John himself clearly stated the purpose he had for writing his account of the life of Christ. Jesus did many other miraculous signs in the presence of his disciples, which are not recorded in this book. But these are written that you may believe that Jesus is the Christ, the Son of God, and that by believing you may have life in his name. Thus we see that John carefully selected his material with one specic goal in mind: to lead people to believe that Jesus is the Son of God. The material John chose emphasized the works and the words of Jesus. Together these form convincing evidence that Jesus was who He claimed to be. John also showed how people reacted to Christ; their responses illustrated his main theme of belief. John gave attention to the works which Jesus did. The accounts of seven miracles are included in his Gospel. He called them signs,

102

T h e K i n g d o m , T h e P o w e r, a n d T h e G l o r y

for together they demonstrated the complete authority of Jesus as the Son of God and pointed unmistakably to His deity.

Application
16 The seven signs John included are described in the Scripture passages listed on the left. Read each passage, then match it to the phrase which best describes the area of Jesus authority which it revealed. 1) Power to heal across barriers ...... a 2:1-11 of space and time ...... b 4:46-54 2) Power to raise the dead ...... c 5:1-9 3) Power over natural law 4) Power to meet human physical ...... d 6:1-14 need regardless of material ...... e 6:16-21 limitations ...... f 9:1-12 ...... g 11:1-46 In addition to these seven signs, there is one more, the greatest sign of them all: the resurrection of Jesus from the dead (chapters 20 and 21). In the words of Paul the apostle, Jesus was declared with power to be the Son of God by his resurrection from the dead (Romans 1:4). This event was the crowning proof of His divine Sonship. John also stressed the words of Jesus. Most of the discourses he recorded are those in which Jesus discussed aspects of His own person. Among these are the seven major I am passages, which are as follows: 1. I am the bread of life. ............................................. 6:35 2. I am the light of the world. .............................. 8:12; 9:5 3. Before Abraham was born, I am! ......................... 8:58 4. I am the good shepherd. ........................................ 10:11 5. I am the resurrection and the life. ......................... 11:25 6. I am the way and the truth and the life. ................ 14:6 7. I am the true vine .................................................. 15:1

Luke and John

103

Many Bible scholars have seen these sayings as an expansion of Exodus 3:14 in which God told Moses that His name was I am. They not only assert the deity of Christ (see 8:58) but also show how He revealed the Father.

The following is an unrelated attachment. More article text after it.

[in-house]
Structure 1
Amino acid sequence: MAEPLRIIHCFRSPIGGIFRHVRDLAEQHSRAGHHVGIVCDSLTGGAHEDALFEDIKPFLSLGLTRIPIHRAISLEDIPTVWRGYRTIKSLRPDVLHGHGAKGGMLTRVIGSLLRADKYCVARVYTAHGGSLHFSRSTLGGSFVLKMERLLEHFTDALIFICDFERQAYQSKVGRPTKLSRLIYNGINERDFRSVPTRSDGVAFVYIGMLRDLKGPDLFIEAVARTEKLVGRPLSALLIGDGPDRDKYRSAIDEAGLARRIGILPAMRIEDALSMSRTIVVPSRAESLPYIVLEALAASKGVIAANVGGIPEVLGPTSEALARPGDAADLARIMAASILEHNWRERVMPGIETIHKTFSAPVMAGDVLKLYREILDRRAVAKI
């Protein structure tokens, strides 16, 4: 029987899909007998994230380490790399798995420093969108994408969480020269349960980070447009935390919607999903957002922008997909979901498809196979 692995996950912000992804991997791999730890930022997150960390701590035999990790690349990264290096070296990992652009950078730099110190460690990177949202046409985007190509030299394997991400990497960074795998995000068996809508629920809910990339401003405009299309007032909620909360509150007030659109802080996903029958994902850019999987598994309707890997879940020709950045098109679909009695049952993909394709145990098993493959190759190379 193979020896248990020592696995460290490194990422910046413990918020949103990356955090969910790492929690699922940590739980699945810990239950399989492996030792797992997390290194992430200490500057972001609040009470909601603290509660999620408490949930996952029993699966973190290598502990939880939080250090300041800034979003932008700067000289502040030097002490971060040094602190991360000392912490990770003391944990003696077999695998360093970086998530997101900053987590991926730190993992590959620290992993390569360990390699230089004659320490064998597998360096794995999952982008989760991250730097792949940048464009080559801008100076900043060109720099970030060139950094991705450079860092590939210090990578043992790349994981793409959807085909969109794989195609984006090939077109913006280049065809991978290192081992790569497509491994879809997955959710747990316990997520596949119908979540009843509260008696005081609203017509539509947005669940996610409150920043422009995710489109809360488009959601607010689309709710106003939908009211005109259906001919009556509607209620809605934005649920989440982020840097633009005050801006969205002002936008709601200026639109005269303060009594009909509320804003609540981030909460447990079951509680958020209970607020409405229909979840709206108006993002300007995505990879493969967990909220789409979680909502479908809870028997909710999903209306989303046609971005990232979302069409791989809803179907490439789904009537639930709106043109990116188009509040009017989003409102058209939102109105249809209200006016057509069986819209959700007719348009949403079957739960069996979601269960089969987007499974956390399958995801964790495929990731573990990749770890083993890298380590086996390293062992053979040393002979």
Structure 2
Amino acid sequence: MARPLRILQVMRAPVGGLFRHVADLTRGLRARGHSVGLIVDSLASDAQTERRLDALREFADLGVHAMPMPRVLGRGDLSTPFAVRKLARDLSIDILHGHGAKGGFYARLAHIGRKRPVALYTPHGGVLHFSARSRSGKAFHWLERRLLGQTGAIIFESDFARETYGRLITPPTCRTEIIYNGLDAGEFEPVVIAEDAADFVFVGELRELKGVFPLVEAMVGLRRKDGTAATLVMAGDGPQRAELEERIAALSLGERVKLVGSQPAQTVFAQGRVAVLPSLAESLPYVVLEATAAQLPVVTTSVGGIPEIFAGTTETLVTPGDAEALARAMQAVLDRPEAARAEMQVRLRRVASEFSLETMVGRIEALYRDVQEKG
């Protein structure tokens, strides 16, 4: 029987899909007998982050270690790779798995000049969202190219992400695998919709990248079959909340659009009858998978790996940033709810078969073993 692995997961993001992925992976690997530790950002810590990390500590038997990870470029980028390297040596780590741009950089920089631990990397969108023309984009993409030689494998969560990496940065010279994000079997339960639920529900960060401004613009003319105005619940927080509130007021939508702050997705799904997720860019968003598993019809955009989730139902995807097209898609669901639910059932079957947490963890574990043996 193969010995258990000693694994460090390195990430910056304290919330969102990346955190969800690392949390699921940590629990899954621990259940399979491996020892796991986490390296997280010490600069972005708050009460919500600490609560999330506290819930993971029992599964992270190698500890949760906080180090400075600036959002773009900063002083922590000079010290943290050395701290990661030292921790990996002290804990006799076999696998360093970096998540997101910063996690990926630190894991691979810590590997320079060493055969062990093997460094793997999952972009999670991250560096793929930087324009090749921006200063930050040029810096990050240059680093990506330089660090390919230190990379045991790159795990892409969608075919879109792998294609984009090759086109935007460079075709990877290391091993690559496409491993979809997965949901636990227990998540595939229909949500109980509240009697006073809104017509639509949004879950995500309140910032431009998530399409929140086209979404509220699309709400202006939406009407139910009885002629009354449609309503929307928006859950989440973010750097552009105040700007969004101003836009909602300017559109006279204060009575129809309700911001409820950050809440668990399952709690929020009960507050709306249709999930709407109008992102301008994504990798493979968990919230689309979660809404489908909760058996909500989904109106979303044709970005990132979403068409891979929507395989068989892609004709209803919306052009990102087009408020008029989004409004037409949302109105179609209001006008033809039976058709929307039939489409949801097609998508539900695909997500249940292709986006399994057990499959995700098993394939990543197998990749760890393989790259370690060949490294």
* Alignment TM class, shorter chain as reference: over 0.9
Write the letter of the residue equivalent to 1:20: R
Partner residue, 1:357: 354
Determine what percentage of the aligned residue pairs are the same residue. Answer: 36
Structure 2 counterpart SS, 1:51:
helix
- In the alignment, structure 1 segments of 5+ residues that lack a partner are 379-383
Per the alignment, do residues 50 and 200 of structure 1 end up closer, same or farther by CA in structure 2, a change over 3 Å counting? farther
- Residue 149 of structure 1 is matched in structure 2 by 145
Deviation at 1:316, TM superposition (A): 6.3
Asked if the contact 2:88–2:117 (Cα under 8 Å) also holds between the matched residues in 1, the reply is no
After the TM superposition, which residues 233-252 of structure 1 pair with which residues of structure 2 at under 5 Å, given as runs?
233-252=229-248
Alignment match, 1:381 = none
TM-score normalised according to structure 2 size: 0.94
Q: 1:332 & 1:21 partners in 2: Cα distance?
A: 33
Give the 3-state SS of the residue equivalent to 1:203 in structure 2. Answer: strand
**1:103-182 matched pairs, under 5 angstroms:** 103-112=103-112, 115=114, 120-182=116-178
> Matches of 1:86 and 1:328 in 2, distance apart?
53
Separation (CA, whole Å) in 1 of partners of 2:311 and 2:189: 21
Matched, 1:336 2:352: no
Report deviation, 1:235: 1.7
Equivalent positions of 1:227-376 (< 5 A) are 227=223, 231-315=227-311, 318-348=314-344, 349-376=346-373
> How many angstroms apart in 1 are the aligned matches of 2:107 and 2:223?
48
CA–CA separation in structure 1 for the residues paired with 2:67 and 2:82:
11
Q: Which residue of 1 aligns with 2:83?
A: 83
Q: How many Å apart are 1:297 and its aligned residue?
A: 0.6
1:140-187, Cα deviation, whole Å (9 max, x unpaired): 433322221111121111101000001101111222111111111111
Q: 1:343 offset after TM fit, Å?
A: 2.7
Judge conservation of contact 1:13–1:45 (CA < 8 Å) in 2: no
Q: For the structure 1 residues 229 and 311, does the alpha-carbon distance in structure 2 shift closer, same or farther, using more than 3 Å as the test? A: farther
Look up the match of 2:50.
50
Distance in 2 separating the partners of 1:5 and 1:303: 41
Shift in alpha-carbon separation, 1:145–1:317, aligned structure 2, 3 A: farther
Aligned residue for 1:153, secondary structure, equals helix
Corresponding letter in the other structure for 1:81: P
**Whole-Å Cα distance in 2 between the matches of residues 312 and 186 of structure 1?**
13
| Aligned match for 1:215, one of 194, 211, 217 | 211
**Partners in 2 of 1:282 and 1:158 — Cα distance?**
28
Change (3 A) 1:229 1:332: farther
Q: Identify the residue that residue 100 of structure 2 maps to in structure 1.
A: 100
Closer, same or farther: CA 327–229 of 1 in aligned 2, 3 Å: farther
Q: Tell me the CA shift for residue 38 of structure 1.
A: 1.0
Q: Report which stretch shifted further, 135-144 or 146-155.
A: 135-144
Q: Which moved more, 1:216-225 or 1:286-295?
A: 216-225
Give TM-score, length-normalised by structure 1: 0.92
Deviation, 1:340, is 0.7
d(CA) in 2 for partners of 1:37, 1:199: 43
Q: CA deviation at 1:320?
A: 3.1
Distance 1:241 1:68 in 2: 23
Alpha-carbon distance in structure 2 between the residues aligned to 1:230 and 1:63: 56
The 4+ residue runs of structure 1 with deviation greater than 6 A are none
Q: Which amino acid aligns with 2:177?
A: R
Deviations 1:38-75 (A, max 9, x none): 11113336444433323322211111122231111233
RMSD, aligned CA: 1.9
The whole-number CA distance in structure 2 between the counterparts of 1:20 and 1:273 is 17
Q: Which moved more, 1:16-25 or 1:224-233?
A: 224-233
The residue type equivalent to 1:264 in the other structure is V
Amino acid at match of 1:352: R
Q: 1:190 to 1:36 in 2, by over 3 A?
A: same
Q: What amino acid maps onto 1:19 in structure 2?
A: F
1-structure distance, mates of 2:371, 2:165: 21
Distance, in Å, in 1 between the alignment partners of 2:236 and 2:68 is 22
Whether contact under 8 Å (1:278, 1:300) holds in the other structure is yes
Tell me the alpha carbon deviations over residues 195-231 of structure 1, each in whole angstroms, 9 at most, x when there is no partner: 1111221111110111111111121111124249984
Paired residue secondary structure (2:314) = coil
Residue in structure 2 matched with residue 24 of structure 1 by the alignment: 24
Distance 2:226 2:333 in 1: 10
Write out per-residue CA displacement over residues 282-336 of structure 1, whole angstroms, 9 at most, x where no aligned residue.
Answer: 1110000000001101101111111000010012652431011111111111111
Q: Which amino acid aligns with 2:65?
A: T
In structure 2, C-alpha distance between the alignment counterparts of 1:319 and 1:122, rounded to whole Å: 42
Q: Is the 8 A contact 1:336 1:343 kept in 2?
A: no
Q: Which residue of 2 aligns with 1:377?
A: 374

Application
17 Following are listed three of the I am sayings. Each one is specically connected with one of the seven signs which John recorded (refer to study question 16). In your notebook, write each saying. Next to it state the miracle which was connected with it and give the reference where it is found. a I am the bread of life. b I am the light of the world. c I am the resurrection and the life. Besides these passages, John included many other important teachings such as those about the new birth (ch. 3), the living water (ch. 4), the authority of the Son (ch. 5), and the work of the Holy Spirit (chs. 7, 14-16). He also recorded the prayer of Jesus regarding Himself and His disciples (ch. 17). This prayer illuminated even more of His nature, His oneness with the Father, and His ultimate plan for all those who would believe in Him. Along with his emphasis on the words and works of Jesus, John highlighted the personal interviews Jesus had with certain men and women. He showed how Jesus challenged them to believe in Him. The encounters John described are vivid illustrations of the main theme of Johns Gospelbelief in Jesus Christ.

Application
18 Read each personal interview referred to. In your notebook, write the reference. Beside it put the name of the individual and briey state how he or she responded to the challenge of Jesus. a 4:43-54 b 9:1-7, 35-38 c 11:17-27 d 18:2819:16 e 20:24-28

104

T h e K i n g d o m , T h e P o w e r, a n d T h e G l o r y

19 As you have studied, John emphasized the purpose of his Gospel account by including descriptions of Jesus teachings, miracles, and personal interviews. Complete each of the following sentences by explaining how John used each of these kinds of content to illustrate his main theme of belief in Jesus Christ as the Son of God. a Of all the miracles Christ did John selected seven of them to demonstrate ................................................................ b Many of the discourses John recorded were those in which Jesus taught truths about ............................................... c John described several of the personal interviews Jesus had in order to give examples of ............................................. As one examines Johns record of the words, works, and personal encounters of Jesus, there can be no doubt as to the reason why he has written his testimony: to present the truth that belief in Jesus, the Son of God, is the only and essential key to life itself (John 3 :36).